How Does Hail Develop?

May 8, 2019 // Article by: Joe Slezak

When a thunderstorm rumbles through your area, a myriad of associated hazards are on the table. Depending on the atmospheric ingredients in place at the time, strong storms can bring damaging winds, torrential rain, and in particular instances, tornadoes and large hail. While a significant majority of hail is often the size of pea to penny size, or ¼” to ¾”, more robust storms can produce much larger hailstones. The largest that has been recorded in the United States, occurred back on July 23rd of 2010. The record shattering hailstone tipped the scales at nearly two pounds and was eight inches in diameter! Fortunately hail this large is extremely rare, however hail that is the size of pennies to quarters, around ¾” to 1”, is still fairly common and can cause damage to cars, roofs, siding, and vegetation. Hail damage can be further enhanced by the presence of strong winds that can accelerate the hailstones to higher velocities.

The life of a hailstone usually begins as a humble raindrop, however rather than falling directly down to the ground, sometimes a storm begins to lift these droplets higher into the sky with vertically rising pockets of air, known as updrafts. Updrafts typically develop when the sun heats the surface of the earth, and in response, the lower layers of the atmosphere become buoyant, ultimately resulting in rising bubbles of air similar to a hot air balloon, or a lava lamp. These rising bubbles of air are more intense in thunderstorms and can lift the raindrop to higher and higher heights. As the raindrops rise, temperatures begin to fall, however not all water droplets freeze, even as temperatures of the droplet fall below 32 degrees Fahrenheit. This leads to raindrops that are comprised of supercooled water, or water that remains liquid despite being below freezing! Simultaneously, a few of the raindrops do freeze, which act as a seed for a hailstone will grow upon. The aforementioned pea sized ice particle then collides with nearby supercooled water droplets, which freezes on contact, adding another layer to the growing hailstone. This process creates multiple layers of ice on hailstones, similar to an onion. As the hail gets larger and subsequently heavier, the updraft the stone is relying on to keep it aloft eventually becomes too weak. As a result, the fully developed hailstones begin to fall towards the ground, but their difficult journey is far from over.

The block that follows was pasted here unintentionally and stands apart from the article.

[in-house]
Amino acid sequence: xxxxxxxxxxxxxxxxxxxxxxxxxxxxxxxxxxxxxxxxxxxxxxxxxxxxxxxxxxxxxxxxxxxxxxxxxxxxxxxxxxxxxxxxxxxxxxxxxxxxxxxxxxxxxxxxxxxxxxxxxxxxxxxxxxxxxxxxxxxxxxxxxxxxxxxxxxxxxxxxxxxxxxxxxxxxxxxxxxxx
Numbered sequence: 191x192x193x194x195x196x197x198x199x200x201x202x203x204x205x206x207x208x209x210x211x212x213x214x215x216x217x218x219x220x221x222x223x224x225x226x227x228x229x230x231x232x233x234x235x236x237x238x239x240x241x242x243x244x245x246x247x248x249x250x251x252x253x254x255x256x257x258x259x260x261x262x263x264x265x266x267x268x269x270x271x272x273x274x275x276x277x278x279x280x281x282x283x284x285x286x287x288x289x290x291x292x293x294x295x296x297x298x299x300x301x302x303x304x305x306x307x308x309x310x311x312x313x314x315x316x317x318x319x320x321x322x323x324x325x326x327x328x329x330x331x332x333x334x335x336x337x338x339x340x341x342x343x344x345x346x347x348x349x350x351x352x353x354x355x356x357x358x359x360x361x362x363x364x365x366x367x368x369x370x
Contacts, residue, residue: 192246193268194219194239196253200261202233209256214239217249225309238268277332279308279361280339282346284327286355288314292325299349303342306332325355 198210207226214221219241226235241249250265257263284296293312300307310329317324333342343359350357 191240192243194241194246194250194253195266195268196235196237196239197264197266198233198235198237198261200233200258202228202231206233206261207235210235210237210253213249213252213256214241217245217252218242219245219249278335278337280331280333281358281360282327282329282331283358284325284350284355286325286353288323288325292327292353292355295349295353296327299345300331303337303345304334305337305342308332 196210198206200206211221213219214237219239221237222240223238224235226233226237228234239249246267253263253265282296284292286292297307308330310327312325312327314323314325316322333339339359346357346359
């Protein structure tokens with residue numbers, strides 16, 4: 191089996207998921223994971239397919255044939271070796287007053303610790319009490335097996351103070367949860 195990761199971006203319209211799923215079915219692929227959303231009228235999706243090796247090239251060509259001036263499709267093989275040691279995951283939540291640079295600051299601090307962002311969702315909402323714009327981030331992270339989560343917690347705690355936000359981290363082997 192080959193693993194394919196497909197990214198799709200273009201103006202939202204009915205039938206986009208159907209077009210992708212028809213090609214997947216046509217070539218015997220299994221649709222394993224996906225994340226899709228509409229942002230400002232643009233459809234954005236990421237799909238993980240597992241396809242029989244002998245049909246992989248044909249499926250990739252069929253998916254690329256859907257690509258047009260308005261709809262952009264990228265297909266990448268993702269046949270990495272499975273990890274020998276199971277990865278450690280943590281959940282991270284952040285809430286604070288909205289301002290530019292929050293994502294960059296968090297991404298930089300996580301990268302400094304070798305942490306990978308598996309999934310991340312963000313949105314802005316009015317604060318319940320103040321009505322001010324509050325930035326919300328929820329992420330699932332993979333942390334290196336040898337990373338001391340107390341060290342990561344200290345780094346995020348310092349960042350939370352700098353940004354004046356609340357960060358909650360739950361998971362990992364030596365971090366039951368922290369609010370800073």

On the way down, temperatures begin to rise rapidly and melting beings. If the atmosphere is too warm, this melting begins very high in the sky and by the time the hail gets to the surface, it melts back into raindrops. However, if the freezing layer is closer to the surface, melting is limited, and the hail will survive the journey to leave a lovely dent on your car.

Hail damaged car, courtesy of NSSL/NOAA 

Given updrafts that lift hailstones depend on warm, buoyant rising air, one would guess the thunderstorm capital of the United States, Florida, would take the top spot as the hail capital... however this is not the case. This is because the freezing/melting layer is normally very high in Florida, which melts the potential hail back into raindrops before reaching the ground. The ‘sweet spot’ for hail is the Great Plains, where warm surface air and cold air aloft frequently meet. Not coincidentally, this is also the home for Tornado Alley, as tornadoes also require powerful updrafts to develop. However, a sneaky way to get a hail event when the freezing / melting layer is very high, is by simply making the ground ‘higher’. This happens in the Rockies and the higher peaks of the Appalachians, where measurable accumulations of hail are not as uncommon as you would believe.

At times, confusion can arise between hail and sleet, which are both balls of ice, however they have completely different origins. Sleet does not rely on rising warm updrafts, but rather is when a raindrop or completely melted snowflake falls through a below freezing layer near the surface and turns into a small ice pellet. While sleet can be a nightmare to remove from roads and parking lots, it rarely gets as large as a pea, and therefore is extremely unlikely to cause damage to property (unlike hail).

*Hail formation graphic via NOAA.